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    Halfling in the Playground
     
    BarbarianGuy

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    Default Why this DM hates monkeys

    Ok, I've basically lost all respect for traps seeing as how they are so easily rendered useless. Normal scenario for my group; *looking down a corridor* (Rogue) I wonder if there are any traps? (Druid/Wizard/Archivist) Let's find out *summon monster* BOOOM! (Druid/Wizard/Archivist) I guess there were. (Rogue) *Sits in the corner and cries.* Is there anything I can do to change this?
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    Default Re: Why this DM hates monkeys

    Antimagic fields?
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    Default Re: Why this DM hates monkeys

    Might not be able to help you with the wizard or archivist, but there's an easy answer to a druid who's using animals as cannon fodder... They're an ex-druid. Sending animals to the slaughter in order to discover traps which your rogue companion could have disabled without unnecessary bloodshed sounds to me like an action which would clash badly with the whole nature-loving druidic ethic.

    With the wizard or archivist you have to get more pragmatic, remind them what other things those summoned creatures could be used for. Still won't help with high-level guys, but it might work at low levels when there aren't so many spell slots to burn.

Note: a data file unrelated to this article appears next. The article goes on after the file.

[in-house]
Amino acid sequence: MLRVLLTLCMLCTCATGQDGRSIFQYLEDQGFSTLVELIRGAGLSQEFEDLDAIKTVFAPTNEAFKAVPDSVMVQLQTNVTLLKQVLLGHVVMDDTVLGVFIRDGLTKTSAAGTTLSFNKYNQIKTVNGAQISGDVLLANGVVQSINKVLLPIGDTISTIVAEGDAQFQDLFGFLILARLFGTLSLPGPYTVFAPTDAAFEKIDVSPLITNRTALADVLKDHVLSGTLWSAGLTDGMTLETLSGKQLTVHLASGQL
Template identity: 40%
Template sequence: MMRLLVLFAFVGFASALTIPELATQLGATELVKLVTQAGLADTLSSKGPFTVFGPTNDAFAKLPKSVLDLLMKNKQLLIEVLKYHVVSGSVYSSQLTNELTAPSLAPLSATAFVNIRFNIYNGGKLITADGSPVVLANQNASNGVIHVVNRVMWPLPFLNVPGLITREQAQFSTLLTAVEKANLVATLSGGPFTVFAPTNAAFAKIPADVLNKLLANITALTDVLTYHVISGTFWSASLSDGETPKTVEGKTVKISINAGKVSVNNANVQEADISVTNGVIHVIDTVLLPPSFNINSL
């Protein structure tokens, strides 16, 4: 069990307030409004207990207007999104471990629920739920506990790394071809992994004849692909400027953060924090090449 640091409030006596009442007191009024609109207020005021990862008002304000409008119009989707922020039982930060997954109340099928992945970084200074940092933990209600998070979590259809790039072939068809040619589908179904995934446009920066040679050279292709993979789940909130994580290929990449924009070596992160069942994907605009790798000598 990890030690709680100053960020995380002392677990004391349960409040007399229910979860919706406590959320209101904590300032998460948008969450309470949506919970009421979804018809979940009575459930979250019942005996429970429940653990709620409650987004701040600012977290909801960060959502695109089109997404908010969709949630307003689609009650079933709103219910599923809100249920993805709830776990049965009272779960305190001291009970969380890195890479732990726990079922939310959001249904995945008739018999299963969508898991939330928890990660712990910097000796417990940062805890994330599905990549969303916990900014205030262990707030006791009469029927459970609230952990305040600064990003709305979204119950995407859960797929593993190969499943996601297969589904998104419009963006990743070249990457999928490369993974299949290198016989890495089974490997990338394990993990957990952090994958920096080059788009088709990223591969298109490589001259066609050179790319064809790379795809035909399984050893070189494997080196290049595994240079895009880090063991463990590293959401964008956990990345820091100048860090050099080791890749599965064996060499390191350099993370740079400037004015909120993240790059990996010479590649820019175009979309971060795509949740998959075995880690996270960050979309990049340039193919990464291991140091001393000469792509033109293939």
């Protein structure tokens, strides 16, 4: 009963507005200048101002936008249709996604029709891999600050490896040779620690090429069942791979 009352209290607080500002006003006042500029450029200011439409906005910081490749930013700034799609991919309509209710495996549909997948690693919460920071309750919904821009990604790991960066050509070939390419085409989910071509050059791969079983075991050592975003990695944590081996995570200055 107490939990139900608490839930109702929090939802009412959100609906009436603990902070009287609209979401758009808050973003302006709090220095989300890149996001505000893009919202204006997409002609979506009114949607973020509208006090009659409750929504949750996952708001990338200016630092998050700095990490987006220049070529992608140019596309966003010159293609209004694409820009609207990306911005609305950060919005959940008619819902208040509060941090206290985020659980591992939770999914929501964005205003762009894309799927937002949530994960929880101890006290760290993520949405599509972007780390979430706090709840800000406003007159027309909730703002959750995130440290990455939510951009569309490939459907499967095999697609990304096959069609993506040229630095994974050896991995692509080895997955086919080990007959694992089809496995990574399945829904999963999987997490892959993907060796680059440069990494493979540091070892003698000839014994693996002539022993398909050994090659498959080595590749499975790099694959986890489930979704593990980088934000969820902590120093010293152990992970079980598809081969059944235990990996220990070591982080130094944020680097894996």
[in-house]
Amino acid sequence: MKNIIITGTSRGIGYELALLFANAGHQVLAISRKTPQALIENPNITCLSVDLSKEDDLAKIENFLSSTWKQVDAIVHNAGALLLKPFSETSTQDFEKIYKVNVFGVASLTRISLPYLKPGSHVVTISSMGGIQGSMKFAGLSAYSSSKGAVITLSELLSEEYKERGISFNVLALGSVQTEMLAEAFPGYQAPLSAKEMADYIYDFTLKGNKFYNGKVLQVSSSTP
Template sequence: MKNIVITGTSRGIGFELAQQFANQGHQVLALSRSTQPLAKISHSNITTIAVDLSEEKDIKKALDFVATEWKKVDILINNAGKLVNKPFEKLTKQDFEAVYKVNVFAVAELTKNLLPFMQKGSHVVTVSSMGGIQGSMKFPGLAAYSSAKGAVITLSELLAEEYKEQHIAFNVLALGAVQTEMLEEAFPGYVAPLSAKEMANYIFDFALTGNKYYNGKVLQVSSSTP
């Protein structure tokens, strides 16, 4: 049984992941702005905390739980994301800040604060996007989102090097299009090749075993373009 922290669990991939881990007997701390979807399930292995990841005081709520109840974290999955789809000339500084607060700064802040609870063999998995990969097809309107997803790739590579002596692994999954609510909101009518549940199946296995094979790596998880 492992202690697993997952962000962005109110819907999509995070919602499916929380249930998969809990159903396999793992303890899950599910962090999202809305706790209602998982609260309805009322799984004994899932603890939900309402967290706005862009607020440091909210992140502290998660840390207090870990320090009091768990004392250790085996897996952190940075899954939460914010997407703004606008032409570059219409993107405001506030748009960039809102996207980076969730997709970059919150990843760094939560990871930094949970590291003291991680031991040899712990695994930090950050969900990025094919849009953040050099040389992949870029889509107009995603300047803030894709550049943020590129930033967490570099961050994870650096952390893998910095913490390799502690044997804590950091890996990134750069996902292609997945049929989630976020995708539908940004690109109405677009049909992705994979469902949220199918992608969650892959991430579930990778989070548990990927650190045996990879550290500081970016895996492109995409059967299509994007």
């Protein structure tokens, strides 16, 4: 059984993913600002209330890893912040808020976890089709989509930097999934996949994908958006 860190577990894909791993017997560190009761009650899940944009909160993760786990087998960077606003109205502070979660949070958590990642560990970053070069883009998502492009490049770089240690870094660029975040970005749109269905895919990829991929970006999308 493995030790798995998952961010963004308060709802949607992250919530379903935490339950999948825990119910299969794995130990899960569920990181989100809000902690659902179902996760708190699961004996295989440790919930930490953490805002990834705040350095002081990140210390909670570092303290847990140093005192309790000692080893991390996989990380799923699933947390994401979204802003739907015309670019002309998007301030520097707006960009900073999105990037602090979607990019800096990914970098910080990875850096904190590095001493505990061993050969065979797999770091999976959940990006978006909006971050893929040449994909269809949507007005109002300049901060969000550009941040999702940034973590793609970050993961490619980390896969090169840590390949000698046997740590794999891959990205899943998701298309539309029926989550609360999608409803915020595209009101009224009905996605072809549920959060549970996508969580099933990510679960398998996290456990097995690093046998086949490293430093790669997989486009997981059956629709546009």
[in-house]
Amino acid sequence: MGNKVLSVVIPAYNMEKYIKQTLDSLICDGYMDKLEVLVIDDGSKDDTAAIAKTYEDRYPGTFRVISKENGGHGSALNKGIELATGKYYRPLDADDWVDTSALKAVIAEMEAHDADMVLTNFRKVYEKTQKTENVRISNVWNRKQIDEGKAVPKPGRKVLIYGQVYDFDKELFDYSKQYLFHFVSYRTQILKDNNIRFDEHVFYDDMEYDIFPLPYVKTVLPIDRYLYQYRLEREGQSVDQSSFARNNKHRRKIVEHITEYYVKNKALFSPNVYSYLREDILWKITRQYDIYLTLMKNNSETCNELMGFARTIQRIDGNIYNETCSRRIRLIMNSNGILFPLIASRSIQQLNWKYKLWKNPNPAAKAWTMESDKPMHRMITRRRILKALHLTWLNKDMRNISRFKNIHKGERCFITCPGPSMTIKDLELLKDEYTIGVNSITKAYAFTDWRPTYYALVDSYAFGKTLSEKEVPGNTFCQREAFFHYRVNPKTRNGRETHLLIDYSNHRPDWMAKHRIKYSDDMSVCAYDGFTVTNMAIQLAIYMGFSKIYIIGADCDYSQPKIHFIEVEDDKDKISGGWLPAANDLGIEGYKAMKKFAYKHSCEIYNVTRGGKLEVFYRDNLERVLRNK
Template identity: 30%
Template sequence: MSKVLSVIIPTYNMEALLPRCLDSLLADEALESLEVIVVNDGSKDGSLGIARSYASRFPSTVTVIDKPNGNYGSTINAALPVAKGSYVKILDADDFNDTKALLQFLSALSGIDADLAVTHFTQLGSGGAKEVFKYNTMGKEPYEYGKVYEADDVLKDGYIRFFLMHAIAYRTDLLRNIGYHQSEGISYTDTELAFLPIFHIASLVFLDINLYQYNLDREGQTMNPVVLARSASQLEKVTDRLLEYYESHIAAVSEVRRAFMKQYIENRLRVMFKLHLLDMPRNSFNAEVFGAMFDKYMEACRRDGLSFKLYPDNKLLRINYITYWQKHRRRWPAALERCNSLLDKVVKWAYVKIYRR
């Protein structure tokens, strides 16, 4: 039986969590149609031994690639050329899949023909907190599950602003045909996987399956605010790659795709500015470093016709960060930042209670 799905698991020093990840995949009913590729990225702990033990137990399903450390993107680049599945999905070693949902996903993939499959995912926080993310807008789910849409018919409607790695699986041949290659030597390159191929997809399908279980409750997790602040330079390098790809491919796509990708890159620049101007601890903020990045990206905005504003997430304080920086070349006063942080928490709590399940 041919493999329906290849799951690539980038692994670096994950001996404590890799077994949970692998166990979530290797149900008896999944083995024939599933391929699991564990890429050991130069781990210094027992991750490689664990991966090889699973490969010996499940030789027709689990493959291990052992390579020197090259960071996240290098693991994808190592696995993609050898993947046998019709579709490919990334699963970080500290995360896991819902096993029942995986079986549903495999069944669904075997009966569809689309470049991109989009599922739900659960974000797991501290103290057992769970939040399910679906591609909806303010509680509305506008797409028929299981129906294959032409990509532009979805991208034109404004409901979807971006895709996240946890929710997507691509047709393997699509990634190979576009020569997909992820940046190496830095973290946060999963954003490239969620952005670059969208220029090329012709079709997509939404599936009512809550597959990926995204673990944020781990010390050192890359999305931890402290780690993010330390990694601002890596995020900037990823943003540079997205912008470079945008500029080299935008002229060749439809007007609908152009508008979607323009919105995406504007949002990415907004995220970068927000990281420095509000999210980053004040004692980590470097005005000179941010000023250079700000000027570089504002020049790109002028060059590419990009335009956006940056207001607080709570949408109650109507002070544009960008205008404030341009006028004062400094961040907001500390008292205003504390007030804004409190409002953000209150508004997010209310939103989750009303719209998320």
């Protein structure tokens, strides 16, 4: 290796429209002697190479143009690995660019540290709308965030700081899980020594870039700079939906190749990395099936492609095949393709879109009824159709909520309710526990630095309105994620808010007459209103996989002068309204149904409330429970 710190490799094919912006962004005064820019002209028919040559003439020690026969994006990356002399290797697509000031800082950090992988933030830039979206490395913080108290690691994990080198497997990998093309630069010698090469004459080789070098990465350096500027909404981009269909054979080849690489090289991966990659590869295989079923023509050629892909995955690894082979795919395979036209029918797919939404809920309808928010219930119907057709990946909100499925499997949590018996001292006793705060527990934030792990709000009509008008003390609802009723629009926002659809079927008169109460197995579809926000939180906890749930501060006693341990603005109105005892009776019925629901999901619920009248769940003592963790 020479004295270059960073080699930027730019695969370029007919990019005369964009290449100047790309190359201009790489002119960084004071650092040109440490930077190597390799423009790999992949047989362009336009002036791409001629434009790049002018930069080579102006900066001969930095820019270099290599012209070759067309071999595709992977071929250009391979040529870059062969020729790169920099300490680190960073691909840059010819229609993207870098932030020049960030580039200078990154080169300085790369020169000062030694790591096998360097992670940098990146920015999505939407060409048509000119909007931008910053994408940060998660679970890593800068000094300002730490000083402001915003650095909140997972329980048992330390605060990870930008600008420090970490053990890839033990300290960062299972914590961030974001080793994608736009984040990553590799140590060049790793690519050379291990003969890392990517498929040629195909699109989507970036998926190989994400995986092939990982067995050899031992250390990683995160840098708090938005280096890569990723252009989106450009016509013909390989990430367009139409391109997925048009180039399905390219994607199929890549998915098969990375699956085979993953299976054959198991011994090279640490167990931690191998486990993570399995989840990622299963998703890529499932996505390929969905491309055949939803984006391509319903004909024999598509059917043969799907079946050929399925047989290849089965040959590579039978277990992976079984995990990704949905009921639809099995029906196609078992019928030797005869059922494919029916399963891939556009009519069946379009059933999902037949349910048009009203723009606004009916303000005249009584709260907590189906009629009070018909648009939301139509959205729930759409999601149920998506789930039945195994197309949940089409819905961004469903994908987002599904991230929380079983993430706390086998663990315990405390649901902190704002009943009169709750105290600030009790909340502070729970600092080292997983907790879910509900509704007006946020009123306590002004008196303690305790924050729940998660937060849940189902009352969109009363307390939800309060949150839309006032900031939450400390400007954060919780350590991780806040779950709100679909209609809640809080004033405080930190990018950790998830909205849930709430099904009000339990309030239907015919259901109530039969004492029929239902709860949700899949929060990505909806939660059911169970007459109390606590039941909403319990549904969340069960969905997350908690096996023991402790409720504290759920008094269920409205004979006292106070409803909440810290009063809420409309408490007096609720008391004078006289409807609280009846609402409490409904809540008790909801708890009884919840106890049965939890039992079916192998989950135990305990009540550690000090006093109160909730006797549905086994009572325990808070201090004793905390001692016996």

Alternatively, just start building your dungeons with traps that automatically reset, and reset quickly. Sure you know they're there because you sent a few animals to the slaughter, but unless the rogue disables them, you're still going to fry.
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    Default Re: Why this DM hates monkeys

    Make the ocasional trap that targets a caster trying to do that. Sure, it's mean and nasty when that's the primary form of trapfinding, but if there's a rogue and he isn't getting a chance to shine, nuke the caster once or twice to remind him that there's a reason rogues exist. Also, try putting traps in that have instant reset times. The players will learn.

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    Default Re: Why this DM hates monkeys

    In 3rd edition, traps are mostly stupid and arbitrary anyway. It's an entire section of the game that can only be handled by a single class. What's the fun in bringing the entire game to a screeching halt so you can all watch one guy roll a couple dice. He doesn't even make decisions- success or failure is based on nothing. You roll a die. If you succeed, the game continues on and the trap meant absolutely nothing but wasted time. If you fail, the rogue takes some minor damage (which he still might avoid via Evasion), you heal him, and you continue on.

    If someone wants to waste a couple spells to expedite this monotonous and largely futile mechanic of the game, then I say there's nothing wrong with that.
    Last edited by Xefas; 2008-03-08 at 11:31 PM.

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    Default Re: Why this DM hates monkeys

    The thing about Traps, is that if the players bypass them it's just a few unexiteing dice rolls. If the players don't, its a glaive to the face. Either way is not that fun and generally not worth it.

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    Bugbear in the Playground